I’ll Make The Case Again

I was going to title this post “Great Minds Think Alike.” Yesterday, I was originally going to write about how, despite the damn virus, Bentley sales actually showed a slight increase in 2020 compared to 2019. I was also going to tie this news to my case about the potential success for an American-made ultra-luxury car.

Nobody knew about my idea for yesterday’s post until David Banner (not his real name) texted me with the Bentley news AND that it was more evidence that an American-made luxury car could succeed. I replied that I came very close to writing a post about that topic. Great Minds Think Alike…

Not only did Bentley sales increase in 2020 compared to the year before, but their sales hit an all-time high for a company that is 100+ years old. Yes, they are owned by the Shitlermobile company, Volkswagen. The point is that ultra-luxury makes exist in a different world and that it is foolish that no American car company (are you listening, Cadillac?) makes a car in that market segment. What is Bentley’s biggest market? The United States…

 

Cadillac has a long history of producing breathtaking concept cars, especially over the last 20 years

 

This is a picture of Cadillac’s Escala concept car. For a time, the company committed to putting this car into production, but I guess those plans have been shelved. As I have written here before, Cadillac has developed a number of amazing concept cars. My favorite is actually this one, the Elmiraj:

 

Cadillac has a long history of producing breathtaking concept cars, especially over the last 20 years

 

Sorry, but I remain convinced that a well-executed American-made ultra-luxury car would have a great chance of success. That’s my story and I’m sticking to it.

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From this piece in Corvette Blogger comes the news that Chevrolet/General Motors delivered almost 9,000 new Corvettes in the fourth quarter of 2020. The company now reports quarterly and not monthly numbers. Here is a chart from the same article:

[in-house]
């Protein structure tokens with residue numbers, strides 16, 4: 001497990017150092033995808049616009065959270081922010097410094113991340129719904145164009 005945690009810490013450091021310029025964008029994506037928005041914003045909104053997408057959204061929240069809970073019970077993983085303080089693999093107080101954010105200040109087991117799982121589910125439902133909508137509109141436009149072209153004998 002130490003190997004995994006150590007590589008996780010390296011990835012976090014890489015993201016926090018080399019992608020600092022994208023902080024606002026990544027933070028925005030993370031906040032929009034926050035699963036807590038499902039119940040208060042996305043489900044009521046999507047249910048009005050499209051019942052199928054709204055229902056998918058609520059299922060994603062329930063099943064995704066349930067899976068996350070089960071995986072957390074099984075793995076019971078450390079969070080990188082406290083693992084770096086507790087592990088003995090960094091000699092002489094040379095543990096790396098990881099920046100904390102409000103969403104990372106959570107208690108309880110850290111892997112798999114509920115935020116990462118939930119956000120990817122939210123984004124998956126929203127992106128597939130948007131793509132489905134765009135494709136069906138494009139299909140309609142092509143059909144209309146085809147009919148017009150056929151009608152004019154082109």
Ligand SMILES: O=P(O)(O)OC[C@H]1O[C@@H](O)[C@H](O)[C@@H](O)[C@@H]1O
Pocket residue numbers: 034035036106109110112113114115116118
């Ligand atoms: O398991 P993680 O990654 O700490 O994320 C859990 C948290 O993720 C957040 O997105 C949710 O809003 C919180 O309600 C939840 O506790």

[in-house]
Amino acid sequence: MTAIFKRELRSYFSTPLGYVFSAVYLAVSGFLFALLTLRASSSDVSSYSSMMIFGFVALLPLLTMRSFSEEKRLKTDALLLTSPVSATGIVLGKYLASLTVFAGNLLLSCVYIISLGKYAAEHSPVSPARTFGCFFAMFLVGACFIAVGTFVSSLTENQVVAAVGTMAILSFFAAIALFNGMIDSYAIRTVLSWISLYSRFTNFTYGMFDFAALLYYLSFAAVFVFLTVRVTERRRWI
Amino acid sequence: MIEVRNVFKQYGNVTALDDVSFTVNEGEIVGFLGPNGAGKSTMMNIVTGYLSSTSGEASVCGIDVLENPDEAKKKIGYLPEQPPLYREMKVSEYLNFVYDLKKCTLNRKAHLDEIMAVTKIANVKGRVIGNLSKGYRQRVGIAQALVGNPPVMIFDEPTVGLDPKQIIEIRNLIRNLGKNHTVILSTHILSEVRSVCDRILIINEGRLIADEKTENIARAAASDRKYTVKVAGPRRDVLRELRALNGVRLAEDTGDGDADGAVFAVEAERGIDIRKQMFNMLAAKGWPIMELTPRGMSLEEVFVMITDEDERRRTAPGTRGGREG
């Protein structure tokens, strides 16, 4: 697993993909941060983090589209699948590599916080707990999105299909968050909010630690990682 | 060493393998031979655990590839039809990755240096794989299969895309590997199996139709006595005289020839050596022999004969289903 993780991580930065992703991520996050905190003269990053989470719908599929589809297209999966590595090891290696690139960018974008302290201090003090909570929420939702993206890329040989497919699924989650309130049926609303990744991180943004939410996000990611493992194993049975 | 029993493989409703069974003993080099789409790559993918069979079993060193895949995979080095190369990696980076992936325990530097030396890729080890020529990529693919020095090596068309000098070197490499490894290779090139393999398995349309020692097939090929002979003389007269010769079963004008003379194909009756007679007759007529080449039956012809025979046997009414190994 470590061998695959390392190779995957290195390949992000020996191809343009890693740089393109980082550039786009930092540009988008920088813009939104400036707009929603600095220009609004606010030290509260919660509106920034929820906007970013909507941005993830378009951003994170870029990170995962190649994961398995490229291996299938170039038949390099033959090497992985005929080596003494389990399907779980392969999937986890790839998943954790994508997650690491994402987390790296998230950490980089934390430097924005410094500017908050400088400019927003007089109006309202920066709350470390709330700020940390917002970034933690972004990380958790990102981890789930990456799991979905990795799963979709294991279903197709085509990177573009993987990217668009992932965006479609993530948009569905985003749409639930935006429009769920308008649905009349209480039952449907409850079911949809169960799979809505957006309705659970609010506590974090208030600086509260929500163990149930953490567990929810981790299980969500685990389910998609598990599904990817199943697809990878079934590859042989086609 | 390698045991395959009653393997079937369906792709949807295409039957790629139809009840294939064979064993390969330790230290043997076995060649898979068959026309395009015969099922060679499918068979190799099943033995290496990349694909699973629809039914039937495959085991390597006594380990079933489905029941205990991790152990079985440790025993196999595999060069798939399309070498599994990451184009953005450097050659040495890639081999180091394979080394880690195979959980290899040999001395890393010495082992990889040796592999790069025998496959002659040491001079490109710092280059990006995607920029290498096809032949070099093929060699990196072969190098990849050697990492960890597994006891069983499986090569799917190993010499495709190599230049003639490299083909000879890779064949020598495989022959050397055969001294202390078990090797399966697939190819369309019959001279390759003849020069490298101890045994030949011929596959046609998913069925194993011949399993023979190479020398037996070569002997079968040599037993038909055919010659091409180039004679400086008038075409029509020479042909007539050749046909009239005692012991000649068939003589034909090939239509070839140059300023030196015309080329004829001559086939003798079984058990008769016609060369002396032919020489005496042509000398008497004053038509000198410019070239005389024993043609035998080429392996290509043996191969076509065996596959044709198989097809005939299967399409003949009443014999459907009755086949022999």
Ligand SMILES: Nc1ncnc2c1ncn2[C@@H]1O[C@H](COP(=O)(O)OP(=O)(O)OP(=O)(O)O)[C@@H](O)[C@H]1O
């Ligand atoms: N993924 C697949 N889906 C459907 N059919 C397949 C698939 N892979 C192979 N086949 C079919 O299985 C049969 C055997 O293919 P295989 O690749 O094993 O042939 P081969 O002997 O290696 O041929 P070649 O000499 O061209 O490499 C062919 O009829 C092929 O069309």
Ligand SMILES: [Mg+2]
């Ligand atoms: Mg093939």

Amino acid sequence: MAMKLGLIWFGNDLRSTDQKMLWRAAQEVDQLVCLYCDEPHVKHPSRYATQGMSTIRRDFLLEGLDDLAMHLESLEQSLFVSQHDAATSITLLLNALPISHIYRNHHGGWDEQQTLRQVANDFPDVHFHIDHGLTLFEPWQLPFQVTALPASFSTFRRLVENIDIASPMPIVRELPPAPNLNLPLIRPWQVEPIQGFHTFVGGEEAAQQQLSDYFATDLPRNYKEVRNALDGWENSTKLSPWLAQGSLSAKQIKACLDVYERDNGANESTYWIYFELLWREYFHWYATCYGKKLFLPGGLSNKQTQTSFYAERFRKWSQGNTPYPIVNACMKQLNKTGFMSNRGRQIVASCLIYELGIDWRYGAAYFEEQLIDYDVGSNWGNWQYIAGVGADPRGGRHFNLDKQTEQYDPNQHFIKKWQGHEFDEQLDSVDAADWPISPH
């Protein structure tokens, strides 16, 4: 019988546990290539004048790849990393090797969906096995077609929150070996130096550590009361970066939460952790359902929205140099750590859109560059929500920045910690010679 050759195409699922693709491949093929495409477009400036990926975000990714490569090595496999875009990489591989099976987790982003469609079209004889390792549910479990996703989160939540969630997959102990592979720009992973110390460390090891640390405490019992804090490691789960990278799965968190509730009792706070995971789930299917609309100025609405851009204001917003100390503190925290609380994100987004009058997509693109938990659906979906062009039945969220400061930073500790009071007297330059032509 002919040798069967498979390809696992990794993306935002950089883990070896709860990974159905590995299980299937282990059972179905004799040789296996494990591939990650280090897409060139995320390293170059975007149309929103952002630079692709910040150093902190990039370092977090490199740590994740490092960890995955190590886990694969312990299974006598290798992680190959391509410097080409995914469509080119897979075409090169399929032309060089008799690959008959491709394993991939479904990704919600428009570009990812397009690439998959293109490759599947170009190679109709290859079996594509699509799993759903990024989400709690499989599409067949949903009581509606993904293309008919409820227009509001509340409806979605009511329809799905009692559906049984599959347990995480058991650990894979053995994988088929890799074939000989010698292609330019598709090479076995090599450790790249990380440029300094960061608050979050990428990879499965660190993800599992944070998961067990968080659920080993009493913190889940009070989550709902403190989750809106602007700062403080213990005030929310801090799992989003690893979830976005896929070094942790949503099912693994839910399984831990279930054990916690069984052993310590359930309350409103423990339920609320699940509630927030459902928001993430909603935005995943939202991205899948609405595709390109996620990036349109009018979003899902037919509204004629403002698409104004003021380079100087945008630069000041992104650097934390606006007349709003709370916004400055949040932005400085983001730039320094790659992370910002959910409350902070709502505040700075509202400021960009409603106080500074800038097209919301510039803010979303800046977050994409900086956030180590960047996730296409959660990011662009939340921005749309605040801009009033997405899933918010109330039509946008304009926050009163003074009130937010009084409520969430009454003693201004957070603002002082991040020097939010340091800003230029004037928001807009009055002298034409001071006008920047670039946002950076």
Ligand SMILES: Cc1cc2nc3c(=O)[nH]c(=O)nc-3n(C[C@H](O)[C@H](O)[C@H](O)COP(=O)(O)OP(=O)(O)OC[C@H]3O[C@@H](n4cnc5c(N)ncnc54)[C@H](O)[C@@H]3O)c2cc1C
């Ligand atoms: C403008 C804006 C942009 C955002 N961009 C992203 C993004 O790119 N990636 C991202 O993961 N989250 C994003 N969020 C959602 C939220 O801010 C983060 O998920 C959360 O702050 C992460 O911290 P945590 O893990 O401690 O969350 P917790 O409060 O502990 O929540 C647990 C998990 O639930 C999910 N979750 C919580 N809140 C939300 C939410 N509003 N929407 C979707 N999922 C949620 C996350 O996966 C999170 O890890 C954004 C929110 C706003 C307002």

Archived Corvette Delivery Statistics
Year Jan Feb Mar Apr May Jun Jul Aug Sept Oct Nov Dec Total
2020 — 3,820 — — 2,459 — — 6,355 — — 8,992 — 21,626
2019 — 3,943 — — 5,788 — — 4,766 — — 3,491 — 17,988
2018 1,005 1,351 2,101 — 5,758 — — 4,639 — — 3,910 — 18,791
2017 1,263 2,081 2,460 2,756 2,535 2,612 1,930 1,748 1,506 1,345 2,565 2,278 25,079
2016 1,501 2,116 2,753 3,142 2,673 2,483 2,159 3,063 2,829 2,626 1,941 2,709 29,995
2015 2,127 2,605 3,785 3,469 3,514 2,807 2,794 2,725 2,572 2,526 1,952 2,453 33,329
2014 2,261 2,438 3,480 3,514 3,328 2,723 3,060 2,679 2,467 2,959 2,378 3,552 34,839
2013 908 980 1,053 974 905 853 671 655 831 3,929 2,527 3,005 17,291
2012 629 927 1,376 1,396 1,219 1,475 987 1,210 1,351 1,167 1,104 1,291  14,132
2011 721 955 1,163 1,454 1,304 1,299 1,291 936 1,147 946 910 1,038 13,164
2010 854 624 955 1,089 1,428 1,405 1,199 1,135 1,109 1,011 836 979 12,624
2009 842 1,027 1,183 1,407 1,643 1,396 966 746 1,585 1,154 952 1,033 13,934
2008 2,015 2,071 2,692 3,190 2,904 2,082 1,870 4,242 2,318 1,170 1,093 1,324 26,971
2007 2,234 2,784 3,158 3,227 3,300 2,377 2,377 2,877 2,837 2,484 2,438 2,914 33,685
2006 2,579 3,058 3,655 3,516 3,317 2,938 2,794 2,990 3,056 2,761 2,773 3,081 36,518

 

By my quick calculation, it looks like the fourth quarter of 2020 was the best for Corvette deliveries since the second quarter of 2015. From Trending Motors a picture of what I hope is a 2021 Corvette:

 

See the source image

 

It seems as though the C8 is a success. Let’s see how sales progress through what is, hopefully, an uninterrupted model year in 2021.

 

#I’llMakeTheCaseAgain

#GreatMindsThinkAlike

#AmericanSuper-LuxuryCar

#CadillacEscala

#CadillacElmiraj

#C8Corvette

#somanycarsjustonelife

#disaffectedmusings

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Wave Goodbye To Half The Year